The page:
Community cleans up
Locals, police on parallel missions to improve Oroville’s Bedrock Park
John Orth started going to Bedrock Park in Oroville religiously about eight years ago. The beauty of the area, which occupies a swath of land just north of Montgomery Street along the Feather River, called to him. He met his wife, Stephanie, there. They take their kids there for barbecues. And it’s where he holds a Sunday church service, on the steps overlooking the water.
Over the past couple of years, however, the park has changed. More homeless camps popped up. Trash became ubiquitous. Then, this past April, news spread that a boy had been playing there and was stuck by a needle.
Enough was enough.
“This sparked something in my heart for change,” Stephanie said. “My husband and I and a few others have started a mission called Project Clean Up Bedrock, and I believe we have made some sort of a difference.”
Others, like Teri Tata, a relative newcomer to Oroville who has become active in the community, agree and are happy to help. After Tata moved to the area—she and the Orths both live in the neighborhood surrounding Bedrock—she and a friend often walked around the park.
“The thing is, it’s dirty all the time,” she said. “Or it’s dangerous. So, when John’s wife said she wanted to clean up the park, I was like, ‘Oh my God, this is what has to be done.’”
Around the same time the Orths, Tata and others began their weekly effort to clean up Bedrock—a group meets every Thursday—the Oroville Police Department also jumped on board. Last October, it hired eight municipal law enforcement officers, and they finished training and were deployed about three months ago, said Al Byers, assistant to the police chief. Those officers, who are unsworn, spread out to all the city parks, he said; not just Bedrock.
“We have limited resources in Parks and Recreation. A lot of times, the park looks poor because of that,” Byers said of Bedrock. A Facebook page dedicated to the park revealed many complaints about drug paraphernalia found there as well as drug activity in the restrooms. Orth said last summer the restrooms were closed completely; now they’re open during the day but tend to be dirty. Multiple voice messages to the Parks and Recreation Department were not returned by press time.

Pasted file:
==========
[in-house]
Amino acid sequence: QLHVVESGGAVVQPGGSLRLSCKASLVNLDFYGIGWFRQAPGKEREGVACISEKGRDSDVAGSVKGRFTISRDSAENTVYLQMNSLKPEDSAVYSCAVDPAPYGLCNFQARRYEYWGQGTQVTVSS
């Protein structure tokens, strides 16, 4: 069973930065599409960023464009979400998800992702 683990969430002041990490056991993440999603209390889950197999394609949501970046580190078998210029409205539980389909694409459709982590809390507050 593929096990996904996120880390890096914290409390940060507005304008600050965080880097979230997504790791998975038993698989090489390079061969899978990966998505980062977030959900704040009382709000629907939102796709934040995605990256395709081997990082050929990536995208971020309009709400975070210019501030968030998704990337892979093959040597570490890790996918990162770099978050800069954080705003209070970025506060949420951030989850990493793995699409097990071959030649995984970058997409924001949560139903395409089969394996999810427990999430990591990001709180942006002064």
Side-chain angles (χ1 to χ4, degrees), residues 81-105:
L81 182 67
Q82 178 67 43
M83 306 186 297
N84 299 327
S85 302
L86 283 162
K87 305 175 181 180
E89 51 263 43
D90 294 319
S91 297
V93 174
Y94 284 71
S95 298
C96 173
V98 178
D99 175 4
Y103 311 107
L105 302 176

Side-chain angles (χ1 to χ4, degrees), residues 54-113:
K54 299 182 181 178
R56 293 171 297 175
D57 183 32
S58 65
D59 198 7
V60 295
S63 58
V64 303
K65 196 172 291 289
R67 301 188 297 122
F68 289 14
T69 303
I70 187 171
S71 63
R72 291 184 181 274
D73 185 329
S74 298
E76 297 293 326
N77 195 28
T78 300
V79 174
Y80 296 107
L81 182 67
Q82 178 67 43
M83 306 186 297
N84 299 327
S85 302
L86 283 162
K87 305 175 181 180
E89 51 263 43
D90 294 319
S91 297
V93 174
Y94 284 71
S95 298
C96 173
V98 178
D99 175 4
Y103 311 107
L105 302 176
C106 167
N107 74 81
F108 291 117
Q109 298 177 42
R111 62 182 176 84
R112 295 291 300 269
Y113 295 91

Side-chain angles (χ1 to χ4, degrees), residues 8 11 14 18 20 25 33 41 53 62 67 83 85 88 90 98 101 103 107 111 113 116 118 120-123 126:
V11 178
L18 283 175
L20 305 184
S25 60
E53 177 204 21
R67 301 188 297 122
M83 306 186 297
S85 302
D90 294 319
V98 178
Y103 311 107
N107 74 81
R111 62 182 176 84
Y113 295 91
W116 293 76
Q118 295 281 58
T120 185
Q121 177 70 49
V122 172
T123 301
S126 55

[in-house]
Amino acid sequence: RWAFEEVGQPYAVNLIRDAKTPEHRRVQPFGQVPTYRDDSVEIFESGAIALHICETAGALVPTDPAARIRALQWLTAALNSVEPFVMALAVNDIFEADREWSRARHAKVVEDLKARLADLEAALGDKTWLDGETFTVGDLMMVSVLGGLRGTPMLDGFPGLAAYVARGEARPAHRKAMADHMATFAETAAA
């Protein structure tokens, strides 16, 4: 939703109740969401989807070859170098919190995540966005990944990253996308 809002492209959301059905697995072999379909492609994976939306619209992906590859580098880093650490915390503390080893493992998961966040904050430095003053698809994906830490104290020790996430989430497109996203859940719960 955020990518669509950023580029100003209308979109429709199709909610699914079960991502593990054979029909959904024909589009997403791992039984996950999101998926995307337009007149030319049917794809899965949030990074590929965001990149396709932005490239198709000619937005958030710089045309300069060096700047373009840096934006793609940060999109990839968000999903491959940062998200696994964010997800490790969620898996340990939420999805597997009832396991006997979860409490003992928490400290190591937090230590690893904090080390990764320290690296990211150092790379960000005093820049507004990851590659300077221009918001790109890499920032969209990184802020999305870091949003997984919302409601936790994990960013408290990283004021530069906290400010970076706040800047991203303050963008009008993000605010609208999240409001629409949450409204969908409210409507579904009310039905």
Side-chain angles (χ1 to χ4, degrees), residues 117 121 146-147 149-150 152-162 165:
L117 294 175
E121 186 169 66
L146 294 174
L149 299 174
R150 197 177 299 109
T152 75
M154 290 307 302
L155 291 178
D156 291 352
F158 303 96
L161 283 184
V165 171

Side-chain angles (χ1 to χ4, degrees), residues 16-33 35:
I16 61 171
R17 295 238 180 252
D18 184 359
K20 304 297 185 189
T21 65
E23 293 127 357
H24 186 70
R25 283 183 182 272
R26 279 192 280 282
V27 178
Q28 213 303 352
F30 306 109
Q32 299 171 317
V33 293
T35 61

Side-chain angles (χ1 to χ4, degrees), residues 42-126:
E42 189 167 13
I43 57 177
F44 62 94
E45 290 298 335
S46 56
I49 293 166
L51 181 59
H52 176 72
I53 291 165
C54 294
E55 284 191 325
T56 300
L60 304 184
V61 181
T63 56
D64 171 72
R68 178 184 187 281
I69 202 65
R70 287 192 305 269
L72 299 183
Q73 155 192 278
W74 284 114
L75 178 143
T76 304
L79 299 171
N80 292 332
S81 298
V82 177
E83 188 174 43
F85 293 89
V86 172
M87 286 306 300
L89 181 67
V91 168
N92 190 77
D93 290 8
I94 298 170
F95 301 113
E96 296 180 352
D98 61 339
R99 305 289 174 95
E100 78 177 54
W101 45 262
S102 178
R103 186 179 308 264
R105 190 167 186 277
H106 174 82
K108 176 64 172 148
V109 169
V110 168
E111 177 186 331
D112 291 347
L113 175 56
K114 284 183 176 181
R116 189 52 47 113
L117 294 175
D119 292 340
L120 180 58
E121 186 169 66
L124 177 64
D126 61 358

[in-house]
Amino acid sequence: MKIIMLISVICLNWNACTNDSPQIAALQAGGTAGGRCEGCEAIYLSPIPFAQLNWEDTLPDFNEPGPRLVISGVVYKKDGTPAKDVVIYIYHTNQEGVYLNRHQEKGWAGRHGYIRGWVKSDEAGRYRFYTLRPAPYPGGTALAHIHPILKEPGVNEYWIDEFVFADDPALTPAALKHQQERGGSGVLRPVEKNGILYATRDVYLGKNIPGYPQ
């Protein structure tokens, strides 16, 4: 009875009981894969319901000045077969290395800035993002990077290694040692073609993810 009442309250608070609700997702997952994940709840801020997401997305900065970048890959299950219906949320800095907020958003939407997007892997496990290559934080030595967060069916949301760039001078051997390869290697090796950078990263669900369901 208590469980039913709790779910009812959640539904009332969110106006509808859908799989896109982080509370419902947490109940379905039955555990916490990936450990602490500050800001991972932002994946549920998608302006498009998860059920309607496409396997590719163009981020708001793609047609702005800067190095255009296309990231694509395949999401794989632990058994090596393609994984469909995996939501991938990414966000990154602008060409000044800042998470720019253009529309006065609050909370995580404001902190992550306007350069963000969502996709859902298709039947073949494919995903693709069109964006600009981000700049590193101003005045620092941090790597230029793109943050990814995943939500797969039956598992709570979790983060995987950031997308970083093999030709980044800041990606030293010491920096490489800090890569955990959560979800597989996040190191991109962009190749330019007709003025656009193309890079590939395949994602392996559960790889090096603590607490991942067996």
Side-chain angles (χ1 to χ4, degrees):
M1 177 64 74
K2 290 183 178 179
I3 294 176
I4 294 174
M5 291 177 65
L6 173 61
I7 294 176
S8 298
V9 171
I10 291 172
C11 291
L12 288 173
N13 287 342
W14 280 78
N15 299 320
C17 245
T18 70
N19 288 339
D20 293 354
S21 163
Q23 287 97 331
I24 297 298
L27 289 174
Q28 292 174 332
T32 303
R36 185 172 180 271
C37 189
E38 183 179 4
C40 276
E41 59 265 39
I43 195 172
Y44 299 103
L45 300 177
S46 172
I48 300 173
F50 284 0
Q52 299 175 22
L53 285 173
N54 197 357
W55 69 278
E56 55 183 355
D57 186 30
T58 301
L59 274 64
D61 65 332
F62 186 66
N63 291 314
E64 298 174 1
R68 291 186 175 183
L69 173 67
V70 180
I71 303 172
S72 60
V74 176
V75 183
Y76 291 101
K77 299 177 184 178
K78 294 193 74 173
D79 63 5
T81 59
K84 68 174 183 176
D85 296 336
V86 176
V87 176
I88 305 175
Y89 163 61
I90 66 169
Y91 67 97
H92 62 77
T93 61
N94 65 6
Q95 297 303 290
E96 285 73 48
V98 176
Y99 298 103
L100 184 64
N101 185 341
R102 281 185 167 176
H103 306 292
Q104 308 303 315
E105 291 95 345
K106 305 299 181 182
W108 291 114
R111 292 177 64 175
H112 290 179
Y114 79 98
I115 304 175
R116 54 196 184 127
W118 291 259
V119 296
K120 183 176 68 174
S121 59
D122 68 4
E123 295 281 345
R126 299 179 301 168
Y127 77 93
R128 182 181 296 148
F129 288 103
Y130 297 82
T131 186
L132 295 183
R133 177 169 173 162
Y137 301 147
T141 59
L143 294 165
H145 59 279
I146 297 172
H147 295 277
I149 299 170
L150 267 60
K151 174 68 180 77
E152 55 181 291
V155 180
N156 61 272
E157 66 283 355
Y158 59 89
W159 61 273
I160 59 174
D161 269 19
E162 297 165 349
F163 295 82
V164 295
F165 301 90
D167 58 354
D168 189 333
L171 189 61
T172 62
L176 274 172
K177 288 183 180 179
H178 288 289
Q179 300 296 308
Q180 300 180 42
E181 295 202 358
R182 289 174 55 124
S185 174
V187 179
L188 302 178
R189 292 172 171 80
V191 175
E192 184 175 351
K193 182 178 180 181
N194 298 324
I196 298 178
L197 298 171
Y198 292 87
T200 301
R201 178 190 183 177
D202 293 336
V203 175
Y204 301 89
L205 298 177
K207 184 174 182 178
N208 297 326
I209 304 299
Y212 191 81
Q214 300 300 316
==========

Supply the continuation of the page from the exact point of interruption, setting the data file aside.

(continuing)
A former drug addict and alcoholic, Orth can pinpoint the exact moment he discovered his new path, one guided by Jesus and the Bible, love, acceptance and ministry. About 10 years ago, not long after having moved to Oroville, the death of his infant son led him to Christ. He’s been ministering ever since.
Stephanie describes her husband as a “street preacher.” His church: One Cross Won Ministries. Its home is Bedrock Park—there is no altar, no roof, no choir. “We’ve done a lot of baptisms right there in the river,” Orth said, pointing to a spot along the shore. A handful of people stood nearby, casting their lures in hopes of bringing home dinner. Others appeared less welcoming, the signs of methamphetamine and alcohol abuse clear on their faces and in their demeanor.
“This park has a bad reputation, but in the past couple years it’s declined,” Orth said. “It feels like this forgotten place. It’s frustrating—I don’t know what in the world to do about it.”
A few weeks ago, during a cleanup, a woman found a syringe under one of the picnic benches. Orth stepped in to retrieve it for her. The needle had been bent, but the cap was nearby. When he went to put the cap on, however, the needle stuck through the side of it and pricked his finger. He went to Oroville Hospital, where he was given three prescriptions that he’s been taking daily. “It’s supposed to be like an A-bomb for the system, against AIDS and hepatitis,” he said. “The chances of me getting anything are unlikely, but it’s a precaution.”
Both Tata and Byers say they’ve noticed a positive change over the past couple of months.
“You can see now people are going to Bedrock and to other parks,” Tata said. “People go and take a dip in the water, or to have a barbecue. I think this town is beautiful; we have to take it back. By cleaning it, the parks, people go there again.”
That’s exactly what the Orths want to see. They enjoy church by the river, picnics under the trees. They will continue their weekly cleanups, Orth said, and hope to spread the word that Bedrock Park is family-friendly. The police effort helps as well. “The police have done so many good things lately,” Tata said. “They have stepped up in many ways, cleaned up a lot.”
“Since we started the [municipal law enforcement] program, we’ve reduced the number of transient camps considerably,” Byers said. “We used to have several dumpsters full of trash at a time; now we’re down to a smaller dump truck full.”
Orth agreed that the entire community effort has been paying off. And his interactions with law enforcement have all been positive. Having once been down and out himself, however, he sees a bigger picture when it comes to the drug users and homeless who gravitate to Bedrock Park, particularly at night.
“Realistically, what we’re doing will make a difference—but it won’t solve the problem,” Orth said. “All we can do is lead by example, and love people where they’re at.”